Several retailers have stopped selling fresh-cut watermelon and fresh-cut cantaloupe in response to an outbreak warning issued by the Washington State Department of Health.

The department advised that people throw away fresh-cut watermelon and fresh-cut cantaloupe purchased from Oct. 25 to Dec. 1 in Washington or Oregon from Rosauers, Central Market or Kroger banners QFC and Fred Meyer.

At least 19 people have become ill — 17 from Washington and two from Oregon — and lab results identified Salmonella Newport as the cause, according to a news release.

Kroger has stopped selling packaged cut watermelon and cantaloupe at QFC and Fred Meyer in response to the health department advisory, according to posts on the section of its website titled “Recall Alerts.” Kroger stated the products were removed from sale out of an abundance of caution, withdrawn Dec. 5.

Town & Country Markets wrote on its website that the Central Market locations it operates have been removed from the list of retailers who may have sold the suspected produce.

“As our food safety director Mike Latham understands it, Central Market Mill Creek came up during an interview with one of the individuals who became ill, and who thought she might have bought cut watermelon there,” the company stated. “Central Market was therefore mentioned in the state’s press release in an abundance of caution while they were scrambling to get the press release out Friday evening. The investigation is still underway, but it appears Central Market is not connected to this outbreak. Our vendor contacted the state health department to let them know that we didn’t carry cut watermelon during that period of time.”

The company did elect to pull all fresh-cut cantaloupe from its shelves out of an abundance of caution, according to the statement.

The Food and Drug Administration is leading the investigation into the source of the produce, and the Washington State Department of Health is leading the investigation into the illnesses. Both are working in conjunction with other local, state and federal officials.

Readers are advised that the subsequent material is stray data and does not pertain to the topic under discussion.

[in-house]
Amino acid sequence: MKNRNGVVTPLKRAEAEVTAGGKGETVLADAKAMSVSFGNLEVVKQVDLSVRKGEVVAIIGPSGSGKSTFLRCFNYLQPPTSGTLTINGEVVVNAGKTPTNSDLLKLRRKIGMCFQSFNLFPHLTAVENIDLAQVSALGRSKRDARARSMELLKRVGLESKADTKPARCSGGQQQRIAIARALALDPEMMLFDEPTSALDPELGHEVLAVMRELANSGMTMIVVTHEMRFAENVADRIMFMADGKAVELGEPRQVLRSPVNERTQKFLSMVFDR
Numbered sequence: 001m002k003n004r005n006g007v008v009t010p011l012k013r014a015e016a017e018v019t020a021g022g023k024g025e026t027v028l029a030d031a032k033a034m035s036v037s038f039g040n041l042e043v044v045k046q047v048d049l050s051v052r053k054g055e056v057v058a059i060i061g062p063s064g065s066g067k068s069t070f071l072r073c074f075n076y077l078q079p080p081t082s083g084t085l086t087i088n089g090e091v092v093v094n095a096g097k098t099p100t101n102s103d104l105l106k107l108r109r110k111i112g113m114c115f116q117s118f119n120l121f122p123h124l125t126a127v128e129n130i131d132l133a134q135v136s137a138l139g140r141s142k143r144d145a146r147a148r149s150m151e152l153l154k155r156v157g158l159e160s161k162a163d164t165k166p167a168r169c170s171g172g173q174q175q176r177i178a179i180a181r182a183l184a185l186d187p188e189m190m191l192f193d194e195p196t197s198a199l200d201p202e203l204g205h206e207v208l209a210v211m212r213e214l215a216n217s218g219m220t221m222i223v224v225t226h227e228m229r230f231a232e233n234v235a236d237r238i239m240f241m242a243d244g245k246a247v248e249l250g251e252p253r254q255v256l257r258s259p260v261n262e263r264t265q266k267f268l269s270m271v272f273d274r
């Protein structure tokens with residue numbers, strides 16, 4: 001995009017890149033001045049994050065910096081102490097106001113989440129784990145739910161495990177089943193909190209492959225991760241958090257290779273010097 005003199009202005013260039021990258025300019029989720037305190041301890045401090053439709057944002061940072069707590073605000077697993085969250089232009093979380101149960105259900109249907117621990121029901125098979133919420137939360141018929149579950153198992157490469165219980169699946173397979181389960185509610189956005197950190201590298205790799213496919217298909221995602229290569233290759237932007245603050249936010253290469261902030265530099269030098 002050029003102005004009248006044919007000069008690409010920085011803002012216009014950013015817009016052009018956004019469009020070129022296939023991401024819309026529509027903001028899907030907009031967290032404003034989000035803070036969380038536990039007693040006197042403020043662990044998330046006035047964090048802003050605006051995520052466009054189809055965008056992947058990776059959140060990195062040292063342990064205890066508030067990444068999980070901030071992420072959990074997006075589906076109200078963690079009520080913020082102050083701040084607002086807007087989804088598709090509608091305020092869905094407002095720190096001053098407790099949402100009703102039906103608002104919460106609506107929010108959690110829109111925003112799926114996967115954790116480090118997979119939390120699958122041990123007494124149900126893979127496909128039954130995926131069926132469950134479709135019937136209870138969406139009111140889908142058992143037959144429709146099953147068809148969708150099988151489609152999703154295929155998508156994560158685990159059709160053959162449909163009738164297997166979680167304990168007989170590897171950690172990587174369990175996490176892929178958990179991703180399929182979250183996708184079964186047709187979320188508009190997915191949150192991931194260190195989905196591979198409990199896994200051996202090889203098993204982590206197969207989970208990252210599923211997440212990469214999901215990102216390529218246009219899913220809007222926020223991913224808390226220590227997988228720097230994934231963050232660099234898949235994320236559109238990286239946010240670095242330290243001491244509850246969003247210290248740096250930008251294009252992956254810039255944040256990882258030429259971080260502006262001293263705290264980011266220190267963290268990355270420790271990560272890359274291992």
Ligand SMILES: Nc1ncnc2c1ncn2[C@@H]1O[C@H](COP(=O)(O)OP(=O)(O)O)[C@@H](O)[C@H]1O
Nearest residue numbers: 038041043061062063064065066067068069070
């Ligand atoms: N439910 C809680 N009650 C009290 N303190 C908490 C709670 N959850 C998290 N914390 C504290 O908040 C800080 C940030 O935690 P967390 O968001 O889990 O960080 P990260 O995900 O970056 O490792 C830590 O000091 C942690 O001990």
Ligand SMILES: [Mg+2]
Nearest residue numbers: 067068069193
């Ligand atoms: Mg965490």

The investigations are still in the early stages, so no conclusions have been publicized regarding where in the supply chain the suspected fruit was contaminated.

One consumer, Nancy Green, has filed a lawsuit against Fred Meyer related to the outbreak, according to the Food Poison Journal, a publication of law firm Marler Clark. The complaint alleges that Green, whom Marler Clark is representing, became ill after consuming fresh-cut cantaloupe Nov. 1 from the Shelton, Wash., Fred Meyer location.

She was diagnosed with a salmonella infection after she sought treatment for her symptoms, according to the complaint. According to the Food Poison Journal, Green was hospitalized.

 
Comments
Submitted by J. on Fri, 12/08/2017 - 14:24

I think it's ridiculous that we're now into the 6th week since this the first reported sickness and the Dept. of Health yet to announce the origin of the melons or the point in the supply chain of contamination. It makes the traceability and food safety documentation seem pointless and a waste of time. To be clear, I’m not saying food safety is a waste of time. It proves to be yet another example of our Government Agencies not operating efficiently.
I’m saying that now due to the lack of information and transparency, all suppliers of melons are paying the price caused by the mistakes of a few. In my opinion, there’s no reason why those melons should not have been traced back to the point of contamination or to the field within 24-48 hours. That information should have been distributed to the press immediately resulting in us not even reading about it 6 weeks later. Once again, we have proof of another government agency not operating efficiently.